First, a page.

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Who is no. 1 in your life?

  • My SO definitely!

    Votes: 3 42.9%
  • My kids definitely!

    Votes: 3 42.9%
  • Meh, its about even steven.

    Votes: 0 0.0%
  • Other

    Votes: 1 14.3%
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Discussion Starter · #1 ·
MrsT went to a talk at the Pre-school recently. It was about relationship management (i.e., for spouses). The crux of the presenters' theory was that successful relationships require your spouse to be no. 1 and that this is actually good for your kids because children feel guilty if they are more important to you than your SO.<br><br><br>
So is your SO no. 1 in your life or are your kids no. 1 or is it even steven? Yes, this is a poll. Wait for it.
 

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My SO is important to me but my kids are still important too, in spite of being young adults (20 & 18 ) and being a couple of thousand miles away. I see myself as an advisor nowadays rather than a parent. I also see myself as an enabler for their goals and dreams. My SO on the other hand is MY advisor and an enabler for MY goals and dreams.
 

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I agree with the presenter... sort of.<br><br>
It's like 1A and 1B. They should BOTH be top priority.<br><br>
Afterall, your marriage <i><span style="text-decoration:underline;">ideally</span></i> should last longer than your direct, hands-on parenting duties... so it would be tragic to neglect that relationship for the sake of the other...
 

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Discussion Starter · #4 ·
Oh, I agree, but the kids needs are so in your face while your SO's can be a lot tougher to figure out. Plus there's the issue of fitting in personal time too particularly if you or your spouse is a introverted person who needs downtime.
 

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Our marriage is the foundation that supports our <b>mutual</b> priority, which is unquestionably our children. If our relationship came unraveled, we would only be half as effective in all of the myriad of things we do for our children.
 

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Agreed. It's not an easy task to balance everyone's needs. But it's not impossible either. <img alt="smile.gif" src="http://files.kickrunners.com/smilies/smile.gif"><br><br>
An SO may be more understanding of particular <i>instances</i> where their needs have to take a back seat to the children's, but if it goes on long term the marriage <b>will</b> suffer...<br><br>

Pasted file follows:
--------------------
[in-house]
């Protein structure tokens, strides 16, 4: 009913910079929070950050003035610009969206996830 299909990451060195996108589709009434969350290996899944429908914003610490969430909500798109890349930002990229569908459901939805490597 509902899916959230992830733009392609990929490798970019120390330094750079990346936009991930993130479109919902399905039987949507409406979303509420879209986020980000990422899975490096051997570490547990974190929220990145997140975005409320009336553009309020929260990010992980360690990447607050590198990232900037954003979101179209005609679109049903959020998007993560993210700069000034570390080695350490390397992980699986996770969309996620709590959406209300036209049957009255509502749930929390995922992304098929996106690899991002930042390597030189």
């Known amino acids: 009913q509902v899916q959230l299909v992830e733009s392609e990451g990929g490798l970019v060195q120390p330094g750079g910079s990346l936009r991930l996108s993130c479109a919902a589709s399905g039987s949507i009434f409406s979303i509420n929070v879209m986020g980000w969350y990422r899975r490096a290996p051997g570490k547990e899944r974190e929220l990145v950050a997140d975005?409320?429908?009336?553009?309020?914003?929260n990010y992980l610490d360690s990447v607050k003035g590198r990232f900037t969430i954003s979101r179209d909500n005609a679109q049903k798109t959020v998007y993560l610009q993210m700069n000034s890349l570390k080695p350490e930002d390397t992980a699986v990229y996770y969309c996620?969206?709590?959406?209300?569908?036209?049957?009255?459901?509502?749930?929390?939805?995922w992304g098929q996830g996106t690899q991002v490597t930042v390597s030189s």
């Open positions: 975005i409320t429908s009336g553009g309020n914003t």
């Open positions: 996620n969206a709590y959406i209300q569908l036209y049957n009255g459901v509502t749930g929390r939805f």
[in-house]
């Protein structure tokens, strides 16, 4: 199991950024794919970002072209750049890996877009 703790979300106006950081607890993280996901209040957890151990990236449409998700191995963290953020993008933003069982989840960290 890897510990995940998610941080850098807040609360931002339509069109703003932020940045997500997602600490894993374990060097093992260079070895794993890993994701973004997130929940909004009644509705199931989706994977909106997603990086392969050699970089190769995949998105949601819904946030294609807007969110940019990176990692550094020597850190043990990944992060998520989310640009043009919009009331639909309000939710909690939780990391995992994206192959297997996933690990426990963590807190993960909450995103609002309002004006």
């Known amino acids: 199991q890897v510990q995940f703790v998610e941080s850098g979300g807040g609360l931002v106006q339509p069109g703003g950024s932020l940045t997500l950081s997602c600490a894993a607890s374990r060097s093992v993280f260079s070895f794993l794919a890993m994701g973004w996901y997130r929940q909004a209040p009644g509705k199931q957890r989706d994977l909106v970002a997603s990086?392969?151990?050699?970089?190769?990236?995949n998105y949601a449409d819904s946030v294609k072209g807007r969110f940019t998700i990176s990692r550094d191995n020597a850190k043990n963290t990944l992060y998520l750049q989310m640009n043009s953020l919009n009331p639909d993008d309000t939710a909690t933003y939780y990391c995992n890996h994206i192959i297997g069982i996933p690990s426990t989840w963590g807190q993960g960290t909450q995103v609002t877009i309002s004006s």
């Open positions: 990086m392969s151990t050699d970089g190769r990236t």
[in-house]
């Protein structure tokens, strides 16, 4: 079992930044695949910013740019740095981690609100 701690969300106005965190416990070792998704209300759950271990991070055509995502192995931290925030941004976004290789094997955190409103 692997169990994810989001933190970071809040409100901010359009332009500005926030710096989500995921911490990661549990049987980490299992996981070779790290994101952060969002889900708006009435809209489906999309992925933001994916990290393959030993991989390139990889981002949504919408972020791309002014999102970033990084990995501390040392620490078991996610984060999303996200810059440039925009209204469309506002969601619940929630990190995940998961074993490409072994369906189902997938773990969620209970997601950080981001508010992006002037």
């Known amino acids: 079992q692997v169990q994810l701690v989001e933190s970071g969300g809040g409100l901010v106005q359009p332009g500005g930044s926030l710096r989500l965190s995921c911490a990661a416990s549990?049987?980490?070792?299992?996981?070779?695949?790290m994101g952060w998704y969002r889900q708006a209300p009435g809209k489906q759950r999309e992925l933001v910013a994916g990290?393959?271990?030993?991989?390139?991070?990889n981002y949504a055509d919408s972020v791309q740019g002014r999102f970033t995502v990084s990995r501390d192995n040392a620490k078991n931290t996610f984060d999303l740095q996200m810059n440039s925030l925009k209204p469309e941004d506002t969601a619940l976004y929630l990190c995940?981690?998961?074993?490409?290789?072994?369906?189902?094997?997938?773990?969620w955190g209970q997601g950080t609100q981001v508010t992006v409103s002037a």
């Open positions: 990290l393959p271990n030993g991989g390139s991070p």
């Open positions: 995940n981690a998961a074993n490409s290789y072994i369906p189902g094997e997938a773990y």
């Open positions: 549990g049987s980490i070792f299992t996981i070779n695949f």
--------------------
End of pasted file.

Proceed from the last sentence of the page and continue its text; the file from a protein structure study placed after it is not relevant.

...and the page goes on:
How do you prioritize your SO?<br>
It's very individual. There's no magic formula other than keeping everyone in mind when you make choices, IMHO.
 

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Way back when, my Nonna gave me the same advice as the presenter. I agree with my Nonna and the presenter. I've seen too many couples sacrifice their relationship using their children as an excuse. If you stop nurturing, loving and caring for each other because you're too busy or tired with the children, every one loses, even the children.<br><br><br>
Edited to add:<br><br>
Date nights, weekends away, time alone. I think those are the best gifts you can give each other. Your kidlets get a break from you and the two of you get a much needed break from them. It is good to reconnect with the person you fell in love with.
 

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Our kids are clearly the priority for both MrsT and me. We both realize that our relationship might suffer for that, so we try to set time aside for just the two of us, but those moments are few and far between.
 

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i have heard this before and my preacher preaches this as well, but more like Chele said. Taking care of your spouse allows you to work as a team to take care of your kids. He also says that when the kid is at the forefront for the woman (for example), you are asking the kid to fill a priority position (to be the husband) and that is too big a weight for your child. They cannot be there to "make you feel better, to be a confidant, to be the center of your life"-- that is too much pressure to aska child to fall into a role that was intended for your spouse and/or God (depending on your beliefs). This rings very true with me and I buy into it fully.